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A Fictional Compression Metric Moves Into the Real World 133

Tekla Perry (3034735) writes The 'Weissman Score' — created for HBO's "Silicon Valley" to add dramatic flair to the show's race to build the best compression algorithm — creates a single score by considering both the compression ratio and the compression speed. While it was created for a TV show, it does really work, and it's quickly migrating into academia. Computer science and engineering students will begin to encounter the Weissman Score in the classroom this fall."
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A Fictional Compression Metric Moves Into the Real World

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  • Bullshit.... (Score:5, Interesting)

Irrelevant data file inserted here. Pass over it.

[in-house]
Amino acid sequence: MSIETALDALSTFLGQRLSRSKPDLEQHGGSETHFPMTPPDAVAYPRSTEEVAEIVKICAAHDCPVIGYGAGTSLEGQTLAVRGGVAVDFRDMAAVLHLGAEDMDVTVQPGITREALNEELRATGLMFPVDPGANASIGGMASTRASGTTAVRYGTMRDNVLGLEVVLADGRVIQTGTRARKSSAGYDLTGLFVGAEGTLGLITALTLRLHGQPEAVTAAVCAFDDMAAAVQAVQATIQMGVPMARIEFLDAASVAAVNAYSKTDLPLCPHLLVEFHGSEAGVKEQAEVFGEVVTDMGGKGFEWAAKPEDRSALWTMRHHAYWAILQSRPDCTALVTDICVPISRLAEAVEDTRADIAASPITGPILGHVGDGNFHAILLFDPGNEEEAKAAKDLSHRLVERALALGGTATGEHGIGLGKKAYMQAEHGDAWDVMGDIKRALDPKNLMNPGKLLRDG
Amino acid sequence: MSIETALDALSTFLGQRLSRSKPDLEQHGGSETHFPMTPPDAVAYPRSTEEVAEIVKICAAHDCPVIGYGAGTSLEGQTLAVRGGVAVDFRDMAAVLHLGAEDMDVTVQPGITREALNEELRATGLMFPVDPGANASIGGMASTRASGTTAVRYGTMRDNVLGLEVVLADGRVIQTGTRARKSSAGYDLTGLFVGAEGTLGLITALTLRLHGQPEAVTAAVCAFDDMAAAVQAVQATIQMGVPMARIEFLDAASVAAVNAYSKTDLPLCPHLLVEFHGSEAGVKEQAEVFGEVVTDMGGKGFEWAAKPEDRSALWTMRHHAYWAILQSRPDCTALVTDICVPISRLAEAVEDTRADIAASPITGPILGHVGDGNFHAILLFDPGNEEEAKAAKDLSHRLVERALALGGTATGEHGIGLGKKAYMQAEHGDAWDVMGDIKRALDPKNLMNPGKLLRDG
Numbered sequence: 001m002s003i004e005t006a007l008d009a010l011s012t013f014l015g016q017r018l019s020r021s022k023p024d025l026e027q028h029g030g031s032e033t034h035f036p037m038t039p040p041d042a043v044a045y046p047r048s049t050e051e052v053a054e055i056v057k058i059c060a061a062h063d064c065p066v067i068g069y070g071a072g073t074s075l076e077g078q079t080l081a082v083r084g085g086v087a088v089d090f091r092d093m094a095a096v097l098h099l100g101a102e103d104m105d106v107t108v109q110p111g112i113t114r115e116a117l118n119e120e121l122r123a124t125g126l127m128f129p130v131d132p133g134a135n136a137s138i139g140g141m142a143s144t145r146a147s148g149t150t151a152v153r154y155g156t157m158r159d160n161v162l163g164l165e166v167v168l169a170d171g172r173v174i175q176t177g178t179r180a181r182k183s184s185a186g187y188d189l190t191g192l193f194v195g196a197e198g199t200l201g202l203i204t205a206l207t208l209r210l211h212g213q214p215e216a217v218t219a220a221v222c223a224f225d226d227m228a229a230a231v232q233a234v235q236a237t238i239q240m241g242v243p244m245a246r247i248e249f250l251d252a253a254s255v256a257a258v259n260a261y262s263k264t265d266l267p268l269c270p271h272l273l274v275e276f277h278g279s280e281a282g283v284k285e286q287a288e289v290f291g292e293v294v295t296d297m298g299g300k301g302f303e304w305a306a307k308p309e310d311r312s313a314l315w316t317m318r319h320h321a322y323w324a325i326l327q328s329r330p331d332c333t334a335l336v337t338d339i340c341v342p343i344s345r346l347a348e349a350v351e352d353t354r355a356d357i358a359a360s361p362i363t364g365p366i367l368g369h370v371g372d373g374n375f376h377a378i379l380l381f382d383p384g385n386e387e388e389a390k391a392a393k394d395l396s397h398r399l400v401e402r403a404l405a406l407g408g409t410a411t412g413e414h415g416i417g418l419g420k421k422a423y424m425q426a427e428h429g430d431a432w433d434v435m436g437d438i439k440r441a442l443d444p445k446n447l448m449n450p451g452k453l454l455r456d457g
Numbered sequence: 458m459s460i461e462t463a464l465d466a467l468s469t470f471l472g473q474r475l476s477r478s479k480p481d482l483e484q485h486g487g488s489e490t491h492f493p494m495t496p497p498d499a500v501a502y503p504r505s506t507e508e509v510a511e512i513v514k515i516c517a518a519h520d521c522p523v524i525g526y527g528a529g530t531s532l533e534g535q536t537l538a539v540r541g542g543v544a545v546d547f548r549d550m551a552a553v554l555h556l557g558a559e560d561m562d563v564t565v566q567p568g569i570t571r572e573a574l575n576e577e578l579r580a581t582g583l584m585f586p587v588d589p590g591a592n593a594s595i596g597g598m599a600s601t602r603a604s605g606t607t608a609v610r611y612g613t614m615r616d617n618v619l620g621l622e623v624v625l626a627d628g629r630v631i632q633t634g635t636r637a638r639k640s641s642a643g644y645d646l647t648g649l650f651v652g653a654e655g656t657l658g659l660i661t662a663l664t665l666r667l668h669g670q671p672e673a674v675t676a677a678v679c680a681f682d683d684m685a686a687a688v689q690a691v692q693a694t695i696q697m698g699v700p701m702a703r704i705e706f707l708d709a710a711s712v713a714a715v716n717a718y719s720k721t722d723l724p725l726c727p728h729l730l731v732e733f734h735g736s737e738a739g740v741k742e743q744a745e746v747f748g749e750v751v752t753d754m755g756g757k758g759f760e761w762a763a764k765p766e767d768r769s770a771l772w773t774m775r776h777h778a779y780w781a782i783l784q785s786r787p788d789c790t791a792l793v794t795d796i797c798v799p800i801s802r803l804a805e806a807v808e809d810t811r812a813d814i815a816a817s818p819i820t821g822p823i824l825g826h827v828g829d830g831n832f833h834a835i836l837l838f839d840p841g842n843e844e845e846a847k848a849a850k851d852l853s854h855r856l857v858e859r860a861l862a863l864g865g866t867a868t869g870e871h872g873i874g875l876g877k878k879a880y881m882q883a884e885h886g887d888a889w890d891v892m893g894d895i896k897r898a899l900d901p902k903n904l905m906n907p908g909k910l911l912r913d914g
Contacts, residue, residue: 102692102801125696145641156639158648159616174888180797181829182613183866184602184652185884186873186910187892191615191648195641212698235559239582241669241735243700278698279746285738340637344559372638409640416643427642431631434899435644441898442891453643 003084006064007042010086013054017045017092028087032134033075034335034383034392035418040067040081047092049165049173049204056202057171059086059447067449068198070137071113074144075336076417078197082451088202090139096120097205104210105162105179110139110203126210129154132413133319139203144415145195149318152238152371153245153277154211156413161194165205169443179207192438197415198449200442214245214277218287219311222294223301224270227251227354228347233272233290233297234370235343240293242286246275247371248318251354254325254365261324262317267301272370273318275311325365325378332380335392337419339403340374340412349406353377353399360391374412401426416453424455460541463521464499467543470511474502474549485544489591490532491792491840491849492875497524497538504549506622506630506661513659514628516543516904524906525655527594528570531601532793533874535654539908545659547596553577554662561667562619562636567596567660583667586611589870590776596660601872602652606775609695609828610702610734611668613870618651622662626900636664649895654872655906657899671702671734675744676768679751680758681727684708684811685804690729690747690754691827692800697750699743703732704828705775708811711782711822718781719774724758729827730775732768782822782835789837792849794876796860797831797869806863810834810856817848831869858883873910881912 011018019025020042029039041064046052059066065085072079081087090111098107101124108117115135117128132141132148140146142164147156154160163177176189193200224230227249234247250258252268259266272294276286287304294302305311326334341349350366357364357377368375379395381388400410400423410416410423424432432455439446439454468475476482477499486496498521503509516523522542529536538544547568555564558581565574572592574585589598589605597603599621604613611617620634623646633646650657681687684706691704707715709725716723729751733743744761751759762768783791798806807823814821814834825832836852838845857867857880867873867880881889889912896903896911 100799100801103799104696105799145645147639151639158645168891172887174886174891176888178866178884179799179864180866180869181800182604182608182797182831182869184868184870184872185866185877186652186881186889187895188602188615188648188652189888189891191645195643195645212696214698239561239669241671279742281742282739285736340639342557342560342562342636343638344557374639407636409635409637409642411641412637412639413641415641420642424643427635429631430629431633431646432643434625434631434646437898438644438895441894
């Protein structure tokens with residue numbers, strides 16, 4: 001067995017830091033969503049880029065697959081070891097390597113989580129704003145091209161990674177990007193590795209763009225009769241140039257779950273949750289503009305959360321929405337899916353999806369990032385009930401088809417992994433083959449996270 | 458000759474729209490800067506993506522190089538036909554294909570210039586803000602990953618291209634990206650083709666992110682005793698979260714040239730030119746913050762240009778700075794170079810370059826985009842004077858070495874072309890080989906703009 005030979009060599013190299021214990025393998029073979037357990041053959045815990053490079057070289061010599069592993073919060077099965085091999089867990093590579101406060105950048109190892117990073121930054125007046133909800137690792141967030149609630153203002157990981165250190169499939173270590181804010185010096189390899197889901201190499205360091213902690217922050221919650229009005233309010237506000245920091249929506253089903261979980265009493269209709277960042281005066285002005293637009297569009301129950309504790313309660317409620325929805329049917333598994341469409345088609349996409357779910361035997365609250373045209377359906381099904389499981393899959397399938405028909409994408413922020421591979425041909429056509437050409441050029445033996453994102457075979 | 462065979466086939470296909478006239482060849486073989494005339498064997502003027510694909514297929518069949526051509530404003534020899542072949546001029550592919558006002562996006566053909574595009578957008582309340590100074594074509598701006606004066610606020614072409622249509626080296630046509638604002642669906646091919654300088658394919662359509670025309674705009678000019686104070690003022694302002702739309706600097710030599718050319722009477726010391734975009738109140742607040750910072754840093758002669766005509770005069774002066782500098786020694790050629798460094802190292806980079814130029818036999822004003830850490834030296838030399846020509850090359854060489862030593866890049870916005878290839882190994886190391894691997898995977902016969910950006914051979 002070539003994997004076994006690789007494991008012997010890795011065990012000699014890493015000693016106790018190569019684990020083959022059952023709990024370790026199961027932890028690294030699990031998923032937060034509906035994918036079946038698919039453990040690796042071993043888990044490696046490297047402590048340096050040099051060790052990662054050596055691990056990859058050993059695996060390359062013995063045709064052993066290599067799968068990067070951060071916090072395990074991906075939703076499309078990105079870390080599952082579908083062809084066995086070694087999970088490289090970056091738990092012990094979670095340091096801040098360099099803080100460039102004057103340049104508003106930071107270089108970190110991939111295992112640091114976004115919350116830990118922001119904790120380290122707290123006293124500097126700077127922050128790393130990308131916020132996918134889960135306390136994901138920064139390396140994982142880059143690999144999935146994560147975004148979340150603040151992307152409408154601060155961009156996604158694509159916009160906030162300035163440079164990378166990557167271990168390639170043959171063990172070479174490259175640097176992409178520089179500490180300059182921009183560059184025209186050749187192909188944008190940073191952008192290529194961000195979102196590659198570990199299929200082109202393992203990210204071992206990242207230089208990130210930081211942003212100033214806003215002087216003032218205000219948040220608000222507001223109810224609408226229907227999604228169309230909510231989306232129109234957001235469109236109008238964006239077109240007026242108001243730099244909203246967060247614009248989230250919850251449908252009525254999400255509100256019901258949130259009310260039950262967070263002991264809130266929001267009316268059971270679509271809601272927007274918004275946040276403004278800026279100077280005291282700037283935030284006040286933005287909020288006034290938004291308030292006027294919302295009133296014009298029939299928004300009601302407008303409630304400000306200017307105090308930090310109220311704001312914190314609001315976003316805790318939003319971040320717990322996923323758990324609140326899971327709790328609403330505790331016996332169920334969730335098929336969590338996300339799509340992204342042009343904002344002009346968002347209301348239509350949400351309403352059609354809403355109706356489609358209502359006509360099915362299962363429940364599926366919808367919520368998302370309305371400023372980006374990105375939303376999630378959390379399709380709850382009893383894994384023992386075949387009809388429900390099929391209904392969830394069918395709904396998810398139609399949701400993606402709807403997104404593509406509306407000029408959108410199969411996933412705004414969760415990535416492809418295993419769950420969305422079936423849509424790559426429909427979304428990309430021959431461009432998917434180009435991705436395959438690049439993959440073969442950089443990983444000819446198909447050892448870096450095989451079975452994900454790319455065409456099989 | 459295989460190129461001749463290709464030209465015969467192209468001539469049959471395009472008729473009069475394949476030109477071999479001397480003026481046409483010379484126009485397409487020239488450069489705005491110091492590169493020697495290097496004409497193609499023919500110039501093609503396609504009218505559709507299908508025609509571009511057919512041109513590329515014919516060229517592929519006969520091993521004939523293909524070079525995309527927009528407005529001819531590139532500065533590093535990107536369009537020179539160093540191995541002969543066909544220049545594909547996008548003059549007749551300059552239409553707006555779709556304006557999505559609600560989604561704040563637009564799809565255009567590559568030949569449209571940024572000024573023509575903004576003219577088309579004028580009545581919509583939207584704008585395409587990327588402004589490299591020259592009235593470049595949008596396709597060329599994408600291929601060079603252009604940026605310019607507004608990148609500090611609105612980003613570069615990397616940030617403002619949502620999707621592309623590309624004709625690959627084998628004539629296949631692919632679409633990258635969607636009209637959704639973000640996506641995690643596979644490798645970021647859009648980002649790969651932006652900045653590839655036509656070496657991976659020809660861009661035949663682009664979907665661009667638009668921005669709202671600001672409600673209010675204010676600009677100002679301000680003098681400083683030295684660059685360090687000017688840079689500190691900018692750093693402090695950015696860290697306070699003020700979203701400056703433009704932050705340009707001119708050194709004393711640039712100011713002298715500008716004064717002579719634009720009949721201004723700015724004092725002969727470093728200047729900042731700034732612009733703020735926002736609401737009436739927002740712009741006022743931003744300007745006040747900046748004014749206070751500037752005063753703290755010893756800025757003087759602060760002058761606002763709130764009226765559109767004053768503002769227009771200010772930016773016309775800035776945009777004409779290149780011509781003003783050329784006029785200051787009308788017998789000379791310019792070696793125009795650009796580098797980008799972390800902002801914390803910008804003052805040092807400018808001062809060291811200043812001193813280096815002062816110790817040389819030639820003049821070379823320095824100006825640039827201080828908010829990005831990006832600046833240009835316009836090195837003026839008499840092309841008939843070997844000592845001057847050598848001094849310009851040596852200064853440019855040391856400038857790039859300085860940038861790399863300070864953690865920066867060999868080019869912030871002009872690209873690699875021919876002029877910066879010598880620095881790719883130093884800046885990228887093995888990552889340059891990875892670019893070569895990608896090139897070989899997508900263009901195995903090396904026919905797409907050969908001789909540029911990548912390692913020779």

by gweihir ( 88907 ) on Monday July 28, 2014 @04:42PM (#47552863)

    A "combined score" for speed and ratio is useless, as that relation is not linear.

  • by retchdog ( 1319261 ) on Monday July 28, 2014 @04:46PM (#47552879) Journal

    The so-called Weissman score is just proportional to (compression ratio)/log(time to compress).

    I guess the idea is that twice as much compression is always twice as good, while increases in time become less significant if you're already taking a long time. For example, taking a day to compress is much worse than taking an hour, but taking 24 days to compress is only somewhat worse than taking one day since you're talking offline/parallel processing anyway.

    The log() seems kind of an arbitrary choice, but whatever. It's no better or worse than any other made-up metric, as long as you're not taking it too seriously.

How many NASA managers does it take to screw in a lightbulb? "That's a known problem... don't worry about it."